Thursday, July 21, 2011
Developing True Community (Part 5)
Jesus and the Believer
In part 4 of this series, we briefly looked at how Jesus addressed those who were not yet reconciled. At this point in our discussion, we will look at Jesus' interaction with those who have placed their trust in Him for eternal life. In this chapter, we will look at two types of people, those who have been reconciled with God, and those who have been reconciled with God but whose lives do not reflect that reconciliation.
Jesus and the Reconciled
One of the themes of the Gospel of John is the idea of being in Christ. In John 14, we see a discussion between the disciples and Jesus. Jesus is preparing the disciples for His departure, and He makes the statement that you already know the Way. This is a clear inference that they are reconciled, because they already know and believe in Jesus the only Way to the Father (John 14:6). On hearing this, Philip asks Jesus to show them the Father, and here is how Jesus answers Philip;
"Have I been so long with you, and yet you have not come to know Me, Philip? He who has seen Me has seen the Father; how can you say, 'Show us the Father'? "Do you not believe that I am in the Father, and the Father is in Me? The words that I say to you I do not speak on My own initiative, but the Father abiding in Me does His works Believe Me that I am in the Father and the Father is in Me; otherwise believe because of the works themselves. "Truly, truly, I say to you, he who believes in Me, the works that I do, he will do also; and greater works than these he will do; because I go to the Father." John 14:9-12
So what is Going on here? Jesus is leaving, His work is complete, and He is returning to the Father. He tells the disciples that they are not going with him, that His work is complete, but that theirs is not. In fact, He even tells them what their work is going to be; an extension of His work of revealing the Father. Just as Jesus is IN the father, the Disciples are called to be IN Christ and to reflect the Father to the world around them.
Jesus and the Reconciled Not Living in Reconciliation
Out of all the characters in the New Testament, one of my favorites is Peter. Peter was quick to react, quick to speak, full of zeal, and pretty much always in the middle of whatever was going on. Peter had plenty of failures, but he also had plenty of faith. No one else left the boat to go walk on the water with Jesus. How much faith must you have to take on an armed Roman detachment and a group of temple guards with only a short sword. Here is a man who really trusted in the power of his God, at least sometimes. Everyone who has ever been in a Sunday school class can probably tell you the story of Peter's denial of Christ. Here is a guy who really understood what living in relationship with the living God through faith was about, and he is hiding his true identity from a servant girl.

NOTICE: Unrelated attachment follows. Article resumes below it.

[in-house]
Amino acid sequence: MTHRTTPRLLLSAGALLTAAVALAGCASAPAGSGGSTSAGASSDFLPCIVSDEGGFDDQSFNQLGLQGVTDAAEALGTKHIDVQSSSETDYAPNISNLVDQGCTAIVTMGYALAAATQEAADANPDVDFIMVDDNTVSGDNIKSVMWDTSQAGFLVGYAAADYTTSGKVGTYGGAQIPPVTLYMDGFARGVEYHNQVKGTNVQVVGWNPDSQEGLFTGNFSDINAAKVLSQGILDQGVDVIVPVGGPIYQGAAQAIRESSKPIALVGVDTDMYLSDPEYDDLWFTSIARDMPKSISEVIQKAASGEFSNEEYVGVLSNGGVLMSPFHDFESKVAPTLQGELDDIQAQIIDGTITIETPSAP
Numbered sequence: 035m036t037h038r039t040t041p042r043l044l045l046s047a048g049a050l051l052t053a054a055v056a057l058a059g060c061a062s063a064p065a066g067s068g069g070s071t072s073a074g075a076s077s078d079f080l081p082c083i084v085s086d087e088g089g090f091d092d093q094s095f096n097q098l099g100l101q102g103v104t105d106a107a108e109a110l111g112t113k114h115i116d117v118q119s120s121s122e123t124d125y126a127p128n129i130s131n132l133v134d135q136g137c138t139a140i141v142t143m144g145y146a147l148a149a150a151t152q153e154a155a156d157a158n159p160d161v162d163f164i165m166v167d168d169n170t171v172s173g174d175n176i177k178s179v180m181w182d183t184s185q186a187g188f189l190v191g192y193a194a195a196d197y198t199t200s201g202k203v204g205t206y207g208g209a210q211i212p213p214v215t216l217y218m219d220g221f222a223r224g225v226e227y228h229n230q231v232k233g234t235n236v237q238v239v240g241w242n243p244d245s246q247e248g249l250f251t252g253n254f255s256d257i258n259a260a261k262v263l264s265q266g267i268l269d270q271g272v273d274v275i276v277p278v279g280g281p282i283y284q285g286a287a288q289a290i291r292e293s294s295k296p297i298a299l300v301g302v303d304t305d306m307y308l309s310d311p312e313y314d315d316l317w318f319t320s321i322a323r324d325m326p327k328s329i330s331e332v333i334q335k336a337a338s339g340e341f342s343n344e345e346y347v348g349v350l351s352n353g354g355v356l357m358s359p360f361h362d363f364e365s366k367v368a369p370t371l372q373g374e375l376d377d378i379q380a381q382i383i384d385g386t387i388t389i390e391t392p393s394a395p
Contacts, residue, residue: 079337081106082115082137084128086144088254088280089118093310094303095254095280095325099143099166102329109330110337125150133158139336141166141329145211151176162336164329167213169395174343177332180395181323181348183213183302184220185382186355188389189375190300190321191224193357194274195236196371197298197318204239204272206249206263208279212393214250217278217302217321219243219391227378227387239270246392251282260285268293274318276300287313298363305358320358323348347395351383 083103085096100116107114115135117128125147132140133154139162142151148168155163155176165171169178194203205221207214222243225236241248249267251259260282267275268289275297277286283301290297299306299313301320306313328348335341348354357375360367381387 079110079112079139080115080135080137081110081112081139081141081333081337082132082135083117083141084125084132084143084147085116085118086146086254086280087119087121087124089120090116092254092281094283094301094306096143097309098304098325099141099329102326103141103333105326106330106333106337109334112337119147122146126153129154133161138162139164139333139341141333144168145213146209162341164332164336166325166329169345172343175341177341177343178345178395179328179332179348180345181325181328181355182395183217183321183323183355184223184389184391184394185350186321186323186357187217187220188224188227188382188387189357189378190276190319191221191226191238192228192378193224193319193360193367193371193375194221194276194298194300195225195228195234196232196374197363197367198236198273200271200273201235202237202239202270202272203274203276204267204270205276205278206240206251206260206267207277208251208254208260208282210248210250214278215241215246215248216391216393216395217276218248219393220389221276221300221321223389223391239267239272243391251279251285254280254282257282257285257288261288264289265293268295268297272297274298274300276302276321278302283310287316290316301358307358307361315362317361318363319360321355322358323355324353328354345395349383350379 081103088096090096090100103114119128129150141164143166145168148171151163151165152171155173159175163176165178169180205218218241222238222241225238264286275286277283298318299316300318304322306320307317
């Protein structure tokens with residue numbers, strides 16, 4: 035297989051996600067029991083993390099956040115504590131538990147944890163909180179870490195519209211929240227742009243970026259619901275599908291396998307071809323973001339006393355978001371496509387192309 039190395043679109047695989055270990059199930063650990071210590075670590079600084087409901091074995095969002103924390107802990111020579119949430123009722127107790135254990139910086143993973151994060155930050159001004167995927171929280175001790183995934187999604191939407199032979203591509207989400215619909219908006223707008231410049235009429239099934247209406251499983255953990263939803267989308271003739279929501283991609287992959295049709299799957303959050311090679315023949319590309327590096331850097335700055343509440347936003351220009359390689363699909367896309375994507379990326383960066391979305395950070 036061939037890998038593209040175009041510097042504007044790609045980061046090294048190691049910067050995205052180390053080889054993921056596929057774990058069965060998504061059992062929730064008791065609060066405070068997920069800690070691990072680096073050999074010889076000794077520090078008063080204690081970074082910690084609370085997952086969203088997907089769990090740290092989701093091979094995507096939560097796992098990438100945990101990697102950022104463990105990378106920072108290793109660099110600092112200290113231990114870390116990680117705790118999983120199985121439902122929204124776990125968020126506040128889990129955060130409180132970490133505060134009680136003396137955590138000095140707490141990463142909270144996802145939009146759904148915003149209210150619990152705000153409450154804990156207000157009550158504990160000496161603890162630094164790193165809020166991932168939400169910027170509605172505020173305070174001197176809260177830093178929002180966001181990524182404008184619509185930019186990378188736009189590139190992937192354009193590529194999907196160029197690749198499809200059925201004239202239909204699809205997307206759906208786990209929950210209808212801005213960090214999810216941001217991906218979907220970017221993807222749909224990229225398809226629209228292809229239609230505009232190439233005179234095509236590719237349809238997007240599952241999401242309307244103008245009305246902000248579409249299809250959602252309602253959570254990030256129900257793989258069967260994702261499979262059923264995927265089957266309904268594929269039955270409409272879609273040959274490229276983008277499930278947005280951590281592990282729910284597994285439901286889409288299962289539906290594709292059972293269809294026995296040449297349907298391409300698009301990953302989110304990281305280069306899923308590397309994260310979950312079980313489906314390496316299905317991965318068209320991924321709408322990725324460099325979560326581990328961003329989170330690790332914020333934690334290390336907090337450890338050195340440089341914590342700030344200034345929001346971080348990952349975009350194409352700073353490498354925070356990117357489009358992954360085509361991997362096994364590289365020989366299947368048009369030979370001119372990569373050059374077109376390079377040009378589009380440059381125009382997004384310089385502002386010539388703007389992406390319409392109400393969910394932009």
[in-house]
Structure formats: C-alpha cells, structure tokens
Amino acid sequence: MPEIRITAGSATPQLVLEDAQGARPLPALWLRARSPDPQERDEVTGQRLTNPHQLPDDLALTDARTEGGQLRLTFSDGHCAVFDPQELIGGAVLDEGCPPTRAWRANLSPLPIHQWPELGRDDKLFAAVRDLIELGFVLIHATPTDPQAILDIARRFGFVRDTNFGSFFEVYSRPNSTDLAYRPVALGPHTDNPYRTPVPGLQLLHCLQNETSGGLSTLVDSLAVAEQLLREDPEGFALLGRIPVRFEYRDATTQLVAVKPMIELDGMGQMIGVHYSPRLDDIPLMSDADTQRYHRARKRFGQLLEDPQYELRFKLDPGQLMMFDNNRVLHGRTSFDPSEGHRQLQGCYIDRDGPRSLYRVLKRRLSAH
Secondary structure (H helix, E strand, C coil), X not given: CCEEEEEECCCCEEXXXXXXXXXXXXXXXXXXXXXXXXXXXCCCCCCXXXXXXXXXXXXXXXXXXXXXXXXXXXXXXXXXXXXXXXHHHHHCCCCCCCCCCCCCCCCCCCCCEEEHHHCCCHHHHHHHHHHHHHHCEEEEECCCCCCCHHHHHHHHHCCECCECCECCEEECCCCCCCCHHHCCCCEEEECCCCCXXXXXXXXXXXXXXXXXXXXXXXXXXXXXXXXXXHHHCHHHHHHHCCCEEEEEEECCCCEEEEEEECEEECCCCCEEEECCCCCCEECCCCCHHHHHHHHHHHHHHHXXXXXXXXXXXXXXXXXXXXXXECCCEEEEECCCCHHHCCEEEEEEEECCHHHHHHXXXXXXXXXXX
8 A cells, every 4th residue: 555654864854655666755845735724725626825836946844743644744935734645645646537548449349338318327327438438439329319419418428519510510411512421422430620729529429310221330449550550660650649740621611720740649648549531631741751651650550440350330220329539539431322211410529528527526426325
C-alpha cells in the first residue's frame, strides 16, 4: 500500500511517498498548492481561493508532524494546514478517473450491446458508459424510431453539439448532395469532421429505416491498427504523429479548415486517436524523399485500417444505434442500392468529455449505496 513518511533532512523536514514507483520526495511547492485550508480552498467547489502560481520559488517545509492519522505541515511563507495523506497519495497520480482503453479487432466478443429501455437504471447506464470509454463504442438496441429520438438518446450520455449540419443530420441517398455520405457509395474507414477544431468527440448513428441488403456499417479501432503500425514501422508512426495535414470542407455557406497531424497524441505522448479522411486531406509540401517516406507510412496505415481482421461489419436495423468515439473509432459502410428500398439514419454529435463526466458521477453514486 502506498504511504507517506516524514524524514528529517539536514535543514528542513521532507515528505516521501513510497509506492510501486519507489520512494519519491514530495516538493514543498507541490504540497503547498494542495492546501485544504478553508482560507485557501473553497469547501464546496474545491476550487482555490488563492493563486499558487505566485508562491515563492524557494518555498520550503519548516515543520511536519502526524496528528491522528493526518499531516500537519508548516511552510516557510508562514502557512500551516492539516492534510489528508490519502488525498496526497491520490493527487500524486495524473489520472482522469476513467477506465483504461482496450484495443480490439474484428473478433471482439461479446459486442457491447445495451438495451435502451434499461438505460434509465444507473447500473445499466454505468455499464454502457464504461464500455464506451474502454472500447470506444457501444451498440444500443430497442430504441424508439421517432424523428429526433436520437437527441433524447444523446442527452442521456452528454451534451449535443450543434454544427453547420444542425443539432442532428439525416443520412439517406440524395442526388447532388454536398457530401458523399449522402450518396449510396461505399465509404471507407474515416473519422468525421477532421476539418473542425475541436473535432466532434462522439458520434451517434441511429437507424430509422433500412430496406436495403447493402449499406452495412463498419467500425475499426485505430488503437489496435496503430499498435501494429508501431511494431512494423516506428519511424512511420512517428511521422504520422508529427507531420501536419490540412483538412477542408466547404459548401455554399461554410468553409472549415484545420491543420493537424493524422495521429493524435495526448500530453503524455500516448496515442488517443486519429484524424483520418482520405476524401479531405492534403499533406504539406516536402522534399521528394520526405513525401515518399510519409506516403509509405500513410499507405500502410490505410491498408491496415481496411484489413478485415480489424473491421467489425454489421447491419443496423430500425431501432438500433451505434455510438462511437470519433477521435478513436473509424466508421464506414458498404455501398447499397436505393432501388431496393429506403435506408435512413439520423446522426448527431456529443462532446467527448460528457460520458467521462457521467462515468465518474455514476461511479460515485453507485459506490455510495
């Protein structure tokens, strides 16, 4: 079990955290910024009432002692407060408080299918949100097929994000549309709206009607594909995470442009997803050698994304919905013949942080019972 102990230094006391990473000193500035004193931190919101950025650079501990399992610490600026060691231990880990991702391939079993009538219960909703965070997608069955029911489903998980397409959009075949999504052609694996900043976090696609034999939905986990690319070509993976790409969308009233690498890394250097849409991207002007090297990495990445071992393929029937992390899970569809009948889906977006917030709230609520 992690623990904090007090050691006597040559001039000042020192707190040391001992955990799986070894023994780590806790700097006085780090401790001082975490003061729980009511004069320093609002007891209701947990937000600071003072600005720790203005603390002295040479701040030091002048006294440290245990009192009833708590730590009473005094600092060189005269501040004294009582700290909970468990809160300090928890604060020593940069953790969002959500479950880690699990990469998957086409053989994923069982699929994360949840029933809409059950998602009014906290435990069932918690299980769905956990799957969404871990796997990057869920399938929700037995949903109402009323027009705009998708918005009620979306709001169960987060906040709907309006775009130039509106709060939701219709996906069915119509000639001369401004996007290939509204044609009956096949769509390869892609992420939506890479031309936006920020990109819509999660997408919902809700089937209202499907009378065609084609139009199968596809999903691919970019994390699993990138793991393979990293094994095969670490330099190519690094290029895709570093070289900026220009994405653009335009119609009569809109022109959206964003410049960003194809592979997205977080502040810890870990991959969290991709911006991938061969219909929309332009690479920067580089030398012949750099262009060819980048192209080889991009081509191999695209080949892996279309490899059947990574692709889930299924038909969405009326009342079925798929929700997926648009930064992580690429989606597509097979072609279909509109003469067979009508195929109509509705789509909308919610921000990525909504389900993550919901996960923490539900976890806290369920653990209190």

So what is going on; well, life got hard, things didn't work out with the messiah, like Peter and the others had hoped. A few days later, after Jesus was resurrected, we find Peter and some of the disciples heading out to go fishing. When life gets hard, and things happen that do not look like the life we expect, we return to the places where we have found life (even temporary life) in the past.Peter returned to his fishing, his life before Jesus. In much the same way that those of us who have been delivered go back to where we found life before Jesus when our lives become difficult.
So how does Jesus deal with Peter after his failure to live out the truth of his identity. Jesus invites Peter to get back into doing the work of the kingdom (Feed My sheep), and he does it not once, but three times. As if to say "for each time you deny Me, or fail to live up to your identity, I will invite you back", what a wonderful thought, the invitation to get back to kingdom work is always open.
So is there a pattern here that we can look at in dealing with others who are believers, even those who may not be looking or acting like believers? I think that there is; in dealing with the believer, Jesus says "you know the way", let me give you the mission. He doesn't focus any longer on eternal destiny any longer than that simple statement. Then He explains His purpose in the world, and calls the disciples to carry on the work of revealing the Father. In Peter also we see a pattern, Jesus does not go back to the question of eternal destiny. Belief and love are not synonymous, Jesus is not saying do you believe in me, that has already been settled. Jesus is saying do you love Me, do you desire relationship with Me, do you want to abide IN Me? Just a few chapters before, he has already explained what being IN Christ looks like.
I believe the pattern for our lives is the same. Eternal destiny is important, the most important thing, but once a person has believed, we treat them as a brother, always challenging them to reflect more of the Father. And when they fail, as we all will, we invite them back to abiding IN Christ, and living out a life that reflects the Father. We keep doing this no matter how many times they fail, no matter how badly they fail. We keep reminding one another of our mission, and keep inviting those around us to come along.
I think that in our next installment we will begin to look at the implications of what we have discussed so far on living in community.
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